The West Nile Virus has been in the news often during this summer, with record numbers of human infections across America and in nearly all the lower forty-eight states.
West Nile Virus (WNV) is a mosquito-borne disease that was originally found in Africa. In 1999, it was detected in the Eastern United States; since then the virus has spread throughout the United States and is well established in most states, including California.
I wanted to know the level of WNV activity in Pleasanton. So I contacted Vector Control at Alameda County and was connected with Bruce Kirkpatrick PhD, Entomologist for Alameda County Mosquito Abatement District, responsible for mosquito surveillance in the County.
I asked what the level of activity is for West Nile Virus (WNV) in Pleasanton and are there traps set out in Pleasanton and what are the locations.
Bruce Kirkpatrick responded "Pleasanton, because of its warmer climate, is considered to be at a higher risk for WNV activity, and so we try to keep a close watch on mosquito numbers".
"Pleasanton has a history of WNV activity, but the last few years, including this one (so far!), have been quiet".
There are several regular carbon dioxide-baited trap locations that are trapped every two weeks from approximately May through October. Among these are:
Pleasanton sewer plant at Johnson Drive, Serenity Terrace (pond), Gold Creek, Kaiser Permanente parking lot (near the mall); several locations near and within the fairgrounds, including:
Arroyo del Valle at Valley Avenue, Stoney Brook Lane, and Saint John's Court; the area behind the high school (Case Avenue) near the railroad tracks, and the Arroyo de Valle near Bernal and Vineyard ("Bernal Bridge").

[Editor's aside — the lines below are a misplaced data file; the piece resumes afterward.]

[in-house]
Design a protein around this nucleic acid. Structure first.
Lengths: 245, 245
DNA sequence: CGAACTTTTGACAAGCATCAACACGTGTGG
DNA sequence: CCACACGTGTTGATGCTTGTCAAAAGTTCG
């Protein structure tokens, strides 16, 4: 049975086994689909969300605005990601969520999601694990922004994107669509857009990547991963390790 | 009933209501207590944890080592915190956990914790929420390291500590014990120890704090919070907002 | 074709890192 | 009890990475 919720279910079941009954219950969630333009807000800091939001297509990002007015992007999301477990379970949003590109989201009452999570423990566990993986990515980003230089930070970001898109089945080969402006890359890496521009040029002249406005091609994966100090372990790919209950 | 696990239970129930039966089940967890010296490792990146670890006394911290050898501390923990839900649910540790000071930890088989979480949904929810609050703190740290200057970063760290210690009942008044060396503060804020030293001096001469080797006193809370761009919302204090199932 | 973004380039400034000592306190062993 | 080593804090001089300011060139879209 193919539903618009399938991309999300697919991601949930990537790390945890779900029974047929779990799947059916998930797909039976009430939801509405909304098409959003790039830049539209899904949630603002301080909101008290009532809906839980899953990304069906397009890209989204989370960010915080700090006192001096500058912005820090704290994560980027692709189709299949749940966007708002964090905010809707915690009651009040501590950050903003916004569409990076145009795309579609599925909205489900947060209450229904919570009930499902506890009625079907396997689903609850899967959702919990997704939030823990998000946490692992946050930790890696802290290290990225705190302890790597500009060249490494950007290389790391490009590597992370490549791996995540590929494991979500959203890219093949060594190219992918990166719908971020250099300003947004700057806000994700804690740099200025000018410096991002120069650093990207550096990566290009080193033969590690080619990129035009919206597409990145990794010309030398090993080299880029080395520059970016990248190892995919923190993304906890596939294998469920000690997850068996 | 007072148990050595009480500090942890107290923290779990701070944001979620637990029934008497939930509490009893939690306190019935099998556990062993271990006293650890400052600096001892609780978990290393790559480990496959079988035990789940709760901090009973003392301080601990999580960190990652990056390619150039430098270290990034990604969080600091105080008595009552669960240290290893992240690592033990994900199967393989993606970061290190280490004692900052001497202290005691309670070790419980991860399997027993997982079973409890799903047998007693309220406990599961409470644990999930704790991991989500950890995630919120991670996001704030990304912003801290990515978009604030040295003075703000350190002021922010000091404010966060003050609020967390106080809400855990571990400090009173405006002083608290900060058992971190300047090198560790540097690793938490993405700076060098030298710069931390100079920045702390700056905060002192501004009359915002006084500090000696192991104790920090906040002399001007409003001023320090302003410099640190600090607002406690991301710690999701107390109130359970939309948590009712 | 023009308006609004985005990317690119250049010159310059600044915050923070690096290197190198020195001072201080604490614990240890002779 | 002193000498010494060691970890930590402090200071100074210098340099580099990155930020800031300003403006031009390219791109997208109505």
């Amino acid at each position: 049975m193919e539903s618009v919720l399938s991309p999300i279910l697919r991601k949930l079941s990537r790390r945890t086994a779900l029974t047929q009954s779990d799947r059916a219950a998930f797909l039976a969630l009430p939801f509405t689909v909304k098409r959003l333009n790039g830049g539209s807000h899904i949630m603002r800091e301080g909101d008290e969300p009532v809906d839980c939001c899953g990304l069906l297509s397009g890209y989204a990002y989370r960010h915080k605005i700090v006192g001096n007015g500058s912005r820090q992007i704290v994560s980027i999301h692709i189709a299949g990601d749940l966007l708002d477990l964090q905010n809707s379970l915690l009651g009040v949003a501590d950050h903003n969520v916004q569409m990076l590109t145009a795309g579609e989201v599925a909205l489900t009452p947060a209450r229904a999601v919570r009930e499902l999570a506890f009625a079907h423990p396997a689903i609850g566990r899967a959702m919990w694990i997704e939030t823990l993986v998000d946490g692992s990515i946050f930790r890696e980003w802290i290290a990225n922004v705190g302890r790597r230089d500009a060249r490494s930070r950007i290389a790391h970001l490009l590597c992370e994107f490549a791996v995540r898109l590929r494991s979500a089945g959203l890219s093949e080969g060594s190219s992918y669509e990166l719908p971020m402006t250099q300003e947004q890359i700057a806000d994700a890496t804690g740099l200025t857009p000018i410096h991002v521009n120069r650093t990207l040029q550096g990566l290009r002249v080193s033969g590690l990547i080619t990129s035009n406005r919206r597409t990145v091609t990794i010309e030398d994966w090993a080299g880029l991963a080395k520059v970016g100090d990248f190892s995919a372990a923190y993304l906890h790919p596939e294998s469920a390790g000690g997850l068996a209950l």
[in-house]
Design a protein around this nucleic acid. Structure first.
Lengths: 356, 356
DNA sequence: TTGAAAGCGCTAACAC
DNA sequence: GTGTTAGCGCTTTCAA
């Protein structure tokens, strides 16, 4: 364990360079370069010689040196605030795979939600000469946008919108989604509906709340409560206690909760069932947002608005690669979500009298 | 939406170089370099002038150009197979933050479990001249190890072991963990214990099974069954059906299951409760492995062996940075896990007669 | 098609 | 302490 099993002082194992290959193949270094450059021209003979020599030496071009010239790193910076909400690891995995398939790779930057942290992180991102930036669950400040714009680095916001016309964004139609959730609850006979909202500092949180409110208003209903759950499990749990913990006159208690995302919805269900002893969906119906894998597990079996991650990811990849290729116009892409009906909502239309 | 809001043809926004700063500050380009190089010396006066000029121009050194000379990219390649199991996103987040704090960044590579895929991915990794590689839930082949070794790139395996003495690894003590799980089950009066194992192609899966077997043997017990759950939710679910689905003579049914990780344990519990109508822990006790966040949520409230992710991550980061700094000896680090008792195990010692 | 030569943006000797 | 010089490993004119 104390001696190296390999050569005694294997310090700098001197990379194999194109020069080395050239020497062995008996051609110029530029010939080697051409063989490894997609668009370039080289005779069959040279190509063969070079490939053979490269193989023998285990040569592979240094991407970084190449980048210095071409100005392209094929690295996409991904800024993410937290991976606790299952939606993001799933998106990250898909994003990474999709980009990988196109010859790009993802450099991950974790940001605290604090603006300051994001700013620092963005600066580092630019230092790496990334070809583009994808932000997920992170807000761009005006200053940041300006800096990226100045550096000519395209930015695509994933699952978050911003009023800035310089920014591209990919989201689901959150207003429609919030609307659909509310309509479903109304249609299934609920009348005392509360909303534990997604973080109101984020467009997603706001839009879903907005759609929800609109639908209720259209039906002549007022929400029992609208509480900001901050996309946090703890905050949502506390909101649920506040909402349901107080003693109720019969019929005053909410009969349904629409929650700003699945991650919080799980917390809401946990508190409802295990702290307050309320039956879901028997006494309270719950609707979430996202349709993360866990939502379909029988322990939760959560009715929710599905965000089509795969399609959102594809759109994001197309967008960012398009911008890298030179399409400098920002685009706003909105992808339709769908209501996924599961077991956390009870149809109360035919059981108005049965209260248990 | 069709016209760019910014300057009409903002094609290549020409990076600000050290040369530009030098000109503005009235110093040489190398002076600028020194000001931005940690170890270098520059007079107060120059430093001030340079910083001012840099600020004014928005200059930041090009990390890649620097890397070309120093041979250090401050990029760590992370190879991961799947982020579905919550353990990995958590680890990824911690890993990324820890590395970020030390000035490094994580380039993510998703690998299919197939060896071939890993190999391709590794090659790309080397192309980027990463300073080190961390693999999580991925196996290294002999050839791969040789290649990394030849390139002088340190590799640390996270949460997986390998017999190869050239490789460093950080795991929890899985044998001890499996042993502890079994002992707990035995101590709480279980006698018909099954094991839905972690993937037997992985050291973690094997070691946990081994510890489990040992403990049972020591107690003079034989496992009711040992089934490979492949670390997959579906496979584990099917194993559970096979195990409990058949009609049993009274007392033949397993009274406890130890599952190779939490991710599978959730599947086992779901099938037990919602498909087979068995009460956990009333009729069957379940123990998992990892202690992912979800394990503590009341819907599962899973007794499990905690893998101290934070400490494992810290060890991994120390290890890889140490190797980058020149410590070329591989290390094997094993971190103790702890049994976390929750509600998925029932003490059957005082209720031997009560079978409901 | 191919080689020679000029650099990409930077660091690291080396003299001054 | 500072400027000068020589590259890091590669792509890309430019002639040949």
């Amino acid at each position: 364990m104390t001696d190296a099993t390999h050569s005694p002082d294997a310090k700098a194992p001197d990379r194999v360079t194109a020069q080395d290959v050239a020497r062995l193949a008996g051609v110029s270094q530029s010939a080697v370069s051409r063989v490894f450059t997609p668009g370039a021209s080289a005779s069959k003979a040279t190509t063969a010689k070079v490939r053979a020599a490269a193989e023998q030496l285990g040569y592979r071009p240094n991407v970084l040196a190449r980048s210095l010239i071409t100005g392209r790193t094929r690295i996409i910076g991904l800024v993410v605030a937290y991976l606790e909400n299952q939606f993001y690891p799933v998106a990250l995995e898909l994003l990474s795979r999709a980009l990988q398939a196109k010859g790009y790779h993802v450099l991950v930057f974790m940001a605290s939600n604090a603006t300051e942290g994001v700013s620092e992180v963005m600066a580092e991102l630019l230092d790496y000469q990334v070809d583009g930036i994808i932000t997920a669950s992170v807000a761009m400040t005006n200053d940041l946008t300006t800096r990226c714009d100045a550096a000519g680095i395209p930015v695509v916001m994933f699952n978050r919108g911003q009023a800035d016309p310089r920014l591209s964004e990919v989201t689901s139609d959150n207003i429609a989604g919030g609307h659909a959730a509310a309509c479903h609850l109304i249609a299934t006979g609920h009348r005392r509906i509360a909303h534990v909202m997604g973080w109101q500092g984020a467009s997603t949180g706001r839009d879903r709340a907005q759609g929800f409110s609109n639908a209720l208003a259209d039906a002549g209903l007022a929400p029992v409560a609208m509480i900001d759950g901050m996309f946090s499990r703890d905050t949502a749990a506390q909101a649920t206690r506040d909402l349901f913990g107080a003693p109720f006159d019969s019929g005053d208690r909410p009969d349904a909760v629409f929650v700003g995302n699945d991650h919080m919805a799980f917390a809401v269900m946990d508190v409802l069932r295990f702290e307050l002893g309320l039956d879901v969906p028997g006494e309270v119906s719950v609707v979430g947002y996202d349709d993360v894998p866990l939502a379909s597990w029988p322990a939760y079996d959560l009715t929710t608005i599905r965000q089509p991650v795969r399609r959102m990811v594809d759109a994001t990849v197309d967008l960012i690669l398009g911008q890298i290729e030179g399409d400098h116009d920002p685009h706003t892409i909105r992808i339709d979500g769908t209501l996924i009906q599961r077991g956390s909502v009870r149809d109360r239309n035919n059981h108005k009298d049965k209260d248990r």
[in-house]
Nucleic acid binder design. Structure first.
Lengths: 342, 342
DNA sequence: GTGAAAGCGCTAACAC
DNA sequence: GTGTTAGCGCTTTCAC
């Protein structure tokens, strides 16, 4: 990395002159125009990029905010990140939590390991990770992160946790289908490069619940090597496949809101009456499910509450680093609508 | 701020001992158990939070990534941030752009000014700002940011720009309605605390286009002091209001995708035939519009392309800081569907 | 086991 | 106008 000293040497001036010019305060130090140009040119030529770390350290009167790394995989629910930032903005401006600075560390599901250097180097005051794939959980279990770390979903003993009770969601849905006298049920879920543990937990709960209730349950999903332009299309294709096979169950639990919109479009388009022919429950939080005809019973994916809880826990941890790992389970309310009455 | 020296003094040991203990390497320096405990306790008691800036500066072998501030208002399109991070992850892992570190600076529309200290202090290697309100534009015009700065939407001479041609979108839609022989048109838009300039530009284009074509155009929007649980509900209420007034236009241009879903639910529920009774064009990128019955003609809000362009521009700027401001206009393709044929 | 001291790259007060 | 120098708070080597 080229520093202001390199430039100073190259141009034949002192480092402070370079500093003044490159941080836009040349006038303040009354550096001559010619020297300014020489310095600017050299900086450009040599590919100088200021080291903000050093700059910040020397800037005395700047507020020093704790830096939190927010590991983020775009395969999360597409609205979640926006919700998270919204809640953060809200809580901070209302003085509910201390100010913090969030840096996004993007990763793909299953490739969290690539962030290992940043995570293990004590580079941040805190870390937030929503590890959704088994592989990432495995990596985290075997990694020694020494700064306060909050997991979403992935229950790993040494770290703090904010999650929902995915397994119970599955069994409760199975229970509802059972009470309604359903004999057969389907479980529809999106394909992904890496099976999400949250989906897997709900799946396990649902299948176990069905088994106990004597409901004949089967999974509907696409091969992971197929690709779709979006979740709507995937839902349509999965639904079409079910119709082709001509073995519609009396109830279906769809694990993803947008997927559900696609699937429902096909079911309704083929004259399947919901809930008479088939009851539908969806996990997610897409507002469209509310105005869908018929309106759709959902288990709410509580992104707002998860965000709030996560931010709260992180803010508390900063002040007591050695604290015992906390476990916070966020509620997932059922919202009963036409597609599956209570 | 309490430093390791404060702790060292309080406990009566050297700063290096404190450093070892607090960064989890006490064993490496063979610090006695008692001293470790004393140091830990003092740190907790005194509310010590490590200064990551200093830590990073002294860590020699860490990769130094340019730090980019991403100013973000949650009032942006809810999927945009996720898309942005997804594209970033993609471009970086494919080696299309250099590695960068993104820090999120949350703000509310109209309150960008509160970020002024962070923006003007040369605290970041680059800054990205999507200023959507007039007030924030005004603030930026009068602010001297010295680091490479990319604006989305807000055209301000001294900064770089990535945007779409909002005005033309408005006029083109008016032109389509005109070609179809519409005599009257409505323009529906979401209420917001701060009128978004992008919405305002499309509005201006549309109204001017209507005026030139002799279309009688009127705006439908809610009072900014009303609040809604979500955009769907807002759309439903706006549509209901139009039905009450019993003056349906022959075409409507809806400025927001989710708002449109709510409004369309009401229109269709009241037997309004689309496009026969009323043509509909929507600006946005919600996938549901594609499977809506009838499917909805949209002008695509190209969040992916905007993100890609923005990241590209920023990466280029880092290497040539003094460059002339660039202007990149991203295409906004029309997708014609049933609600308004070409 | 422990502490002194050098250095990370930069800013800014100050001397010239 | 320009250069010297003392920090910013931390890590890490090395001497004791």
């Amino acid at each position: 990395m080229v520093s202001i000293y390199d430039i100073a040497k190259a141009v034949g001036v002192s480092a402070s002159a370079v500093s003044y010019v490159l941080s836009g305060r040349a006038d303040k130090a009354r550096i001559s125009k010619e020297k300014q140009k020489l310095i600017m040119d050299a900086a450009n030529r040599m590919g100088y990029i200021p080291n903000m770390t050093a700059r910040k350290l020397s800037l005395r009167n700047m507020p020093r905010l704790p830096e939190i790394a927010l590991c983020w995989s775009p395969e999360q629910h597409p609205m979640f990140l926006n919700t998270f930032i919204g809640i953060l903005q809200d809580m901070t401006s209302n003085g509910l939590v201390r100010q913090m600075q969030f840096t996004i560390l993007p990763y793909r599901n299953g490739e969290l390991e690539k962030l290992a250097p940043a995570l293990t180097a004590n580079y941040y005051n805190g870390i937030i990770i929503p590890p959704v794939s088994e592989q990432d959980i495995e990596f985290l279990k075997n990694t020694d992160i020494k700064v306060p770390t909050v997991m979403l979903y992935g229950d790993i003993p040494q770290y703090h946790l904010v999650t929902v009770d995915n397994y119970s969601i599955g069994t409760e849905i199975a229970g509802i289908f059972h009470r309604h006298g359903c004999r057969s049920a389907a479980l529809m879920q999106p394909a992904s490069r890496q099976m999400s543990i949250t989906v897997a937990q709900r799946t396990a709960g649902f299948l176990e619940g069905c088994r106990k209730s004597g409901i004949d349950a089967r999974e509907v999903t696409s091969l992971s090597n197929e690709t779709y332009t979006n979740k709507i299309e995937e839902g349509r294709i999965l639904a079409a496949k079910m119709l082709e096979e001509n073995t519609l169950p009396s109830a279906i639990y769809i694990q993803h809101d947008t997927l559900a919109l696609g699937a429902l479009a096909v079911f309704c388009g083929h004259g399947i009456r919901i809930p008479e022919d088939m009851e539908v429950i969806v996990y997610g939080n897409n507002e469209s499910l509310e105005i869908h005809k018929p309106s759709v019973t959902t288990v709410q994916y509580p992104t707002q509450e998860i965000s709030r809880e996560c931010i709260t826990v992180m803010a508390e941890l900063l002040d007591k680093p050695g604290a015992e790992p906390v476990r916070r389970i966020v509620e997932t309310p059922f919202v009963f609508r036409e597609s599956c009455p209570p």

There are also several locations within the Quarry areas that are trapped regularly. In addition, the District maintains two New Jersey Light Traps, one near the Bernal Vinyard area, and one further east off of Vineyard, both at private residences.
There are several other locations that are trapped very infrequently, maybe once per season, depending on what the results are.
There is a web site WestNile.ca.gov. That provides the latest west Nile Virus activity in California. It lists each County separately and the State as a whole. It provides the number of dead birds, dead horses, dead chickens, and humans from WNV infection.
Ideal habitat for the mosquito Larvae to thrive is standing water, be it street side from lawn watering, and stagnate swimming pool water or the bird bath in the back-yard. It takes just a couple of ounces of water for the Larvae to thrive.
A person can reduce their risk of WNV infection by:
1. Staying indoors at dawm and dusk when mosquitos are most active.
2. Using a repellent containing the active incredients DEET, Picaridin, oil of lemon eucalyptus, or IR3535 before going outdoors.
3. Dunping or draining water that has been standing for more than three days, including neglected swimming pools, birdbaths, pet dishes, tire swings and flower planters.
4. Repairing broken ot torn screens on windows and doors to keep mosquitos from entering the home.
The Center for Disease Control and prevention has a web page with information on repellents: